dc.relation.urlhttp://search.proquest.com/docview/250769548?accountid=12365en
dc.rightsCopyright protected. Unauthorized reproduction or use beyond the exceptions granted by the Fair Use clause of U.S. Copyright law may violate federal law.en
dc.subjectBone Remodelingen
dc.subjectDentofacial Deformitiesen
dc.subjectLigamentsen
dc.subjectOrthodonticsen
dc.subjectOrthopedicsen
dc.subjectOsteoclastsen
dc.subjectPainen
dc.subjectPeriodontiumen
dc.subjectTooth Movementen
dc.subjectTooth Rooten
dc.titlePlasma Membrane Disruption in Orthodontic Tooth Movementen
dc.typeDissertationen
dc.contributor.departmentDepartment of Oral Biologyen
dc.description.advisorBorke, Jamesen
dc.description.degreeDoctor of Philosophy (Ph.D.)en
dc.description.majorMasters of Science in Oral Biologyen
dc.description.committeeDeLeon, Eladio; Isales, Carlos; McNeil, Paul; Singh, Baldeven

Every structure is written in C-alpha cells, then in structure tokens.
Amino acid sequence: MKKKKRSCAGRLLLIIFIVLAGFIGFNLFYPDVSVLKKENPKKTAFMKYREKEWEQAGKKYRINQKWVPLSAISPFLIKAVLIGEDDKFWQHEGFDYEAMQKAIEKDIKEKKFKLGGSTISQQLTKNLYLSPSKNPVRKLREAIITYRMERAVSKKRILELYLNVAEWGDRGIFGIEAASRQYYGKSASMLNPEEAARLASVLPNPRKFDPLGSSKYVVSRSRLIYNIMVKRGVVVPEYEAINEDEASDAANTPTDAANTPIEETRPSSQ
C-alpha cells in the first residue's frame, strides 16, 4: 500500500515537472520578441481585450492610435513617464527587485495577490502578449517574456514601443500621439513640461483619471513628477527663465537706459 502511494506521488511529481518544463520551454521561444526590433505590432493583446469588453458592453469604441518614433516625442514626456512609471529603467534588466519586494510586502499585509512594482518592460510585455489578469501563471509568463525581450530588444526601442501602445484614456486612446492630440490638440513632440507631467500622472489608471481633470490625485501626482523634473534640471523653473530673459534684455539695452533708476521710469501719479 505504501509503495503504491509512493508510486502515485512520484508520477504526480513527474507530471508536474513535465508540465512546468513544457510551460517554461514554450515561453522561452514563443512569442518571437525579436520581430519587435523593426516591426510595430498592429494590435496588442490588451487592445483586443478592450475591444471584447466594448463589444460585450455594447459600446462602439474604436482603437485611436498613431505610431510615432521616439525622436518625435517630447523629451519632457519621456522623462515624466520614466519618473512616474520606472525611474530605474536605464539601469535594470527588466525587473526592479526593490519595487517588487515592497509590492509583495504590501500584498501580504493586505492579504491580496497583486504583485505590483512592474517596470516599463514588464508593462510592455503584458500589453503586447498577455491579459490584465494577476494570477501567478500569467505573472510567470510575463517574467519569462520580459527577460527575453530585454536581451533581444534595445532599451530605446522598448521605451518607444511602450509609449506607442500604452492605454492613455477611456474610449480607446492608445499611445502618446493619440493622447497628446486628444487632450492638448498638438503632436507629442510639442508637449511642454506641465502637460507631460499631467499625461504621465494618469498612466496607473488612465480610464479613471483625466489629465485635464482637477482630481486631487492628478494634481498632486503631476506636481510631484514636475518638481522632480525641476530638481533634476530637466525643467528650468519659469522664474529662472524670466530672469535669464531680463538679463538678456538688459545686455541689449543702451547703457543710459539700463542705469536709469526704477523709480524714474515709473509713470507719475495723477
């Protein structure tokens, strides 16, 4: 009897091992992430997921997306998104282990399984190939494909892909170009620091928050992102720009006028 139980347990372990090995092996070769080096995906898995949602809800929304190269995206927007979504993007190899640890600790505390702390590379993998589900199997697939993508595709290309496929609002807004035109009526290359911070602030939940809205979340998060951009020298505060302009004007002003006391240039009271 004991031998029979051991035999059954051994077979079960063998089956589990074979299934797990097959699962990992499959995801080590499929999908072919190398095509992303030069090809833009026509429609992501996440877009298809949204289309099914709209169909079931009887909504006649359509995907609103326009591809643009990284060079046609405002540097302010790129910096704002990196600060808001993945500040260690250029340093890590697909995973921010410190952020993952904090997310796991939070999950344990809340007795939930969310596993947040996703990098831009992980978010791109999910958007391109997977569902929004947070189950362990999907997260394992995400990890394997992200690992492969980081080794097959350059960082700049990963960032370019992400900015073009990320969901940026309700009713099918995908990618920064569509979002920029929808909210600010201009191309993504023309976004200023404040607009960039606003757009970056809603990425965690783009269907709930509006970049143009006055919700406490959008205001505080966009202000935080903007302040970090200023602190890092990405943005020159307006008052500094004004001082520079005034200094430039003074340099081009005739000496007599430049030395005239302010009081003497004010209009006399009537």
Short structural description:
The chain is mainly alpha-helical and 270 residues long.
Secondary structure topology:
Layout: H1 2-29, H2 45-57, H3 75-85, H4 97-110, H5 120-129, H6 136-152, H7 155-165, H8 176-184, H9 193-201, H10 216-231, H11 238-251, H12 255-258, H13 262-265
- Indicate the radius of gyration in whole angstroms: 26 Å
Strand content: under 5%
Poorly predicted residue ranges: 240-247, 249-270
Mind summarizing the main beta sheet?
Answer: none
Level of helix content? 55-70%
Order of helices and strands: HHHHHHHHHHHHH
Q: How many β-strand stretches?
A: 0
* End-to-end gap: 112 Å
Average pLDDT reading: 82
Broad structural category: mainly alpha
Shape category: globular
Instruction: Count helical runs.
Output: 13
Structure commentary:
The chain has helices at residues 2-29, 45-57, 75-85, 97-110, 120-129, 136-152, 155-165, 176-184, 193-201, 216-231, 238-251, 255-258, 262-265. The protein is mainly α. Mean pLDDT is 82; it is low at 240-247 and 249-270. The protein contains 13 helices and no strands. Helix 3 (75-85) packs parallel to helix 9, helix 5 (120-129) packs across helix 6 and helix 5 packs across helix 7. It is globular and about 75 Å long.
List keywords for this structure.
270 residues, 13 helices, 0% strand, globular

html.description.abstract(Introduction) One hundred years ago, in 1900, Dr. Edward H. Angle and a dozen colleagues came together to establish dentistry's first specialty, which is known today as orthodontics and dentofacial orthopedics. Orthodontics is a science and an art. It is the art o f creating healthy, beautiful smiles by moving teeth with precise, gradual force expertly applied, and the science concerned with the study o f the growth o f the craniofacial complex, the development o f occlusion and the treatment o f dentofacial abnormalities. Mechanical forces exerted on tooth roots and transmitted to the periodontal tissues initiate the remodeling activity that facilitates the movement o f teeth through bone. The specific changes in the bone surrounding the root o f an orthodontically moved tooth are characterized as resorption and deposition. Resorption o f bone is seen on the compression side o f the tooth. In contrast, bone is deposited in the tension side of the tooth that is being moved in the opposite direction. The biologic response to sustained force against the teeth is a function o f force magnitude; forces great enough to occlude blood vessels lead to pain, sterile necrosis and a process described as undermining resorption that inevitably leads to a delay in tooth movement. Lighter forces allow activation o f osteoclasts, and thus the removal of bone from the compression side by the painless process o ffrontal resorption. Clinicians face the challenge o f maintaining tissue vitality by avoiding undermining resorption, while applying forces heavy enough to produce frontal resorption. An understanding of the cellular and molecular mechanisms that enable bone to adapt to changes in its mechanical environment is important for solving the different challenges o f clinical orthodontics. Almost a century of research has been devoted to examining this phenomenon by morphologic methods. The histologic changes have consequently been well documented, but there are many unanswered questions that must be addressed in order to explain how mechanical deformation is transduced into a desirable biologic response. The aim o f the present investigation was to characterize a novel cellular mechanism for uptake and release of molecules important in bone remodeling by periodontal ligament cells. Specifically, the plasma membrane disruption theory was examined in light o f its role in mechanotransduction in orthodontic tooth movement. These are the first studies linking the placement o f mechanical loading, as occurs in orthodontic tooth movement, with plasma membrane disruption and resealing of periodontal ligament cells. The release o f bFGF and II-ip from the cells of the periodontal ligament was also examined following application o f in vivo strain.